|Oh well, better luck next time.|
In my post eBay Reality I talked about the importance (at least for me) of knowing the total cost of an item. I ran across this Industrial Rail work caboose that I thought would be a nice addition to my O Gauge Zen Garden. (the actual item doesn't matter for the point I'm making)
The opening bid was $0.99, which seemed a like a good deal. Shipping was $9.49. Now we're not talking about an especially rare or collectible item here. The Industrial Rail rolling stock isn't on par with Lionel for desirability. Mostly they're wanted by operators who want to add cars to their trains (that's actually why the line was produced).
The Industrial Rail pieces I've accumulated have all come from the big toy train meets in York, PA. Most of them I purchased for $10 - $15, which is a fair price.
Throughout most of the auction, I was the only bidder, so it looked like the $0.99 offer would hold. But in my mind, I wasn't offering $0.99, I was offering $10.48 which included the shipping cost. It was the total amount I was obliged to pay. I had even set my max bid to $10.00, or $19.99 total. It was a little higher than I was used to paying, but not too much higher.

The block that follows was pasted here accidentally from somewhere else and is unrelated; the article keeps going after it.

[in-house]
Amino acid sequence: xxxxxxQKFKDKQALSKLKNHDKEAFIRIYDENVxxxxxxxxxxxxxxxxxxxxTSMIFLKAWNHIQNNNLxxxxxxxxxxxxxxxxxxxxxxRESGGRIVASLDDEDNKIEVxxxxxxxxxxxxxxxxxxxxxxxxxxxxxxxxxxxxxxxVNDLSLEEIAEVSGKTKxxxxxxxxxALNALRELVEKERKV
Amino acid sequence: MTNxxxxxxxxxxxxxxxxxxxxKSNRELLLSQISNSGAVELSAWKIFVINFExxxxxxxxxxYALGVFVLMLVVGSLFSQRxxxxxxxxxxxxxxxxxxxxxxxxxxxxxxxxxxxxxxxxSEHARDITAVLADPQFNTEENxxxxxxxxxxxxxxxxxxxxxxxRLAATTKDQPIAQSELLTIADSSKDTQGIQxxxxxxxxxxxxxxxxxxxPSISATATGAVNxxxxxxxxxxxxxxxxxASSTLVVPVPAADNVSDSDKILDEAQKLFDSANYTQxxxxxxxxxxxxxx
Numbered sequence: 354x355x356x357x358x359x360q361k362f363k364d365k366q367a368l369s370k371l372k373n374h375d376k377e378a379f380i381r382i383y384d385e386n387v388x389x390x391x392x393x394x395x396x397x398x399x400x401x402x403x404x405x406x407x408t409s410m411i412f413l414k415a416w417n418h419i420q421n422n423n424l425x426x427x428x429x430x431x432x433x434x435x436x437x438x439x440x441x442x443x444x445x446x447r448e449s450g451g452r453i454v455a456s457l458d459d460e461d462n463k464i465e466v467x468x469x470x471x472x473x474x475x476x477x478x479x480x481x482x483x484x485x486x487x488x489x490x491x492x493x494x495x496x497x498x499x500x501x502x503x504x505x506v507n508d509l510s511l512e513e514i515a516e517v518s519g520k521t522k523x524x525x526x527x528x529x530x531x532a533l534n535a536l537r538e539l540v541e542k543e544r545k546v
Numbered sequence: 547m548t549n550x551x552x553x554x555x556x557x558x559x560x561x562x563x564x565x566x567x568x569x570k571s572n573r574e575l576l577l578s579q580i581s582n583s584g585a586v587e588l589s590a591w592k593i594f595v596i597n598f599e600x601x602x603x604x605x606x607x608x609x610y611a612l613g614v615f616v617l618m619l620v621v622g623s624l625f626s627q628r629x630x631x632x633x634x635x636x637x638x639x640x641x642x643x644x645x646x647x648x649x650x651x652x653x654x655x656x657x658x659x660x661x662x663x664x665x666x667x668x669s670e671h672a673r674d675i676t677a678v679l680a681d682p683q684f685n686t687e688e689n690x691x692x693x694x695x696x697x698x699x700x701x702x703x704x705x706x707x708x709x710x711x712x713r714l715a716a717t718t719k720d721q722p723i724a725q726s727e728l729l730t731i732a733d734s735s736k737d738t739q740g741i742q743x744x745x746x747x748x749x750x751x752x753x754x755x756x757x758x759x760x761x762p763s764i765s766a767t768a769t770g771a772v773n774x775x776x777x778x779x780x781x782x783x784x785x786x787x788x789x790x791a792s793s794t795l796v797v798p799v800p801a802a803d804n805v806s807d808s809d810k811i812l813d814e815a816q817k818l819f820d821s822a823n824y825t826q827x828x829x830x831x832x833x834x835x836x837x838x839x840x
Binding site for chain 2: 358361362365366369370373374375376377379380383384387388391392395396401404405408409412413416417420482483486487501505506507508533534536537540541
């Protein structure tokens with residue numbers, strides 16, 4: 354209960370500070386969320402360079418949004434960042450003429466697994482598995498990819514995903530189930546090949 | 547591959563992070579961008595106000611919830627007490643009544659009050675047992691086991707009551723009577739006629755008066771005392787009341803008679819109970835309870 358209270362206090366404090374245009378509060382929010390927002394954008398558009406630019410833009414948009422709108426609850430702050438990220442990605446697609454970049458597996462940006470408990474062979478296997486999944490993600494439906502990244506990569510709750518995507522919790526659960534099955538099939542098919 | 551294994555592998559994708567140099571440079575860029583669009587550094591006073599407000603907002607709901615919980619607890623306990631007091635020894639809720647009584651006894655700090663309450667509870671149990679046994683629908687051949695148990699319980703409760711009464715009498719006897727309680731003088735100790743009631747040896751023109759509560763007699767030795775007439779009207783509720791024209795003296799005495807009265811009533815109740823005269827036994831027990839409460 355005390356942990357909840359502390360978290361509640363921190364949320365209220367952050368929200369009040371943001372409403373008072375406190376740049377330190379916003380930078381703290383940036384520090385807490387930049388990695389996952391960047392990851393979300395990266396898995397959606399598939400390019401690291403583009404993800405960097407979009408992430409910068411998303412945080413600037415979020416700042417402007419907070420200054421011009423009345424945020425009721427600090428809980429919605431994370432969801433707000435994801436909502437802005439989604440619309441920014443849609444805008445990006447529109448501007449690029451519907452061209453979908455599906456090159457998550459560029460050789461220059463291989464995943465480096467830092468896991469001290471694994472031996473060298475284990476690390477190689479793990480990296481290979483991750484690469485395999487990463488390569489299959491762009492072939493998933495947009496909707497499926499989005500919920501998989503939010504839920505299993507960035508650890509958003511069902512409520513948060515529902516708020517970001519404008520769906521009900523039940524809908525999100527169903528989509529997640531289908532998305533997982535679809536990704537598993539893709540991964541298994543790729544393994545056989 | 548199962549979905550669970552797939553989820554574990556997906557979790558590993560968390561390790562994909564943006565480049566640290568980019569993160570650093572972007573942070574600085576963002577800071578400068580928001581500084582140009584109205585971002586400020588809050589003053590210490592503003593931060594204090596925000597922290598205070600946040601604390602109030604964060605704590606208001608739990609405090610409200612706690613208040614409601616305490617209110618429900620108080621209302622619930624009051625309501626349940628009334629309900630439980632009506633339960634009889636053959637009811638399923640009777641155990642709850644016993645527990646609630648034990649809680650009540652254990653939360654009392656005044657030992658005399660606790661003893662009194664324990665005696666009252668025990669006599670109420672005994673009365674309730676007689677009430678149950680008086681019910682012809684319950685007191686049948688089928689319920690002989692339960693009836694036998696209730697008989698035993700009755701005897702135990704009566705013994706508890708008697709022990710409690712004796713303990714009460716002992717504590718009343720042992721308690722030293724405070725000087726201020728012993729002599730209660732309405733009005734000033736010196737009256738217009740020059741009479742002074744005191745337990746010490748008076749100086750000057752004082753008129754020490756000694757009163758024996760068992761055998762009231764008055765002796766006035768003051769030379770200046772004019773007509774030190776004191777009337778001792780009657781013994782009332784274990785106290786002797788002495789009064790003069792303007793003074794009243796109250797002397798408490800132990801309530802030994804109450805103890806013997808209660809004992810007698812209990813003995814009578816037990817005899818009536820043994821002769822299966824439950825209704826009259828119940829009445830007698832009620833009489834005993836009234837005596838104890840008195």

The current bid is $10.50, which topped my bid. It was tempting to go to $11.00. After all, I was used to paying up to $15 for these things. But with shipping, that would have pushed it to $20.99, and that's over my limit. So rather than up it to $11.00, then $11.50, and then who knows what, I'm not responding.
Taking into account the total cost has saved me from many Pyrrhic bidding victory.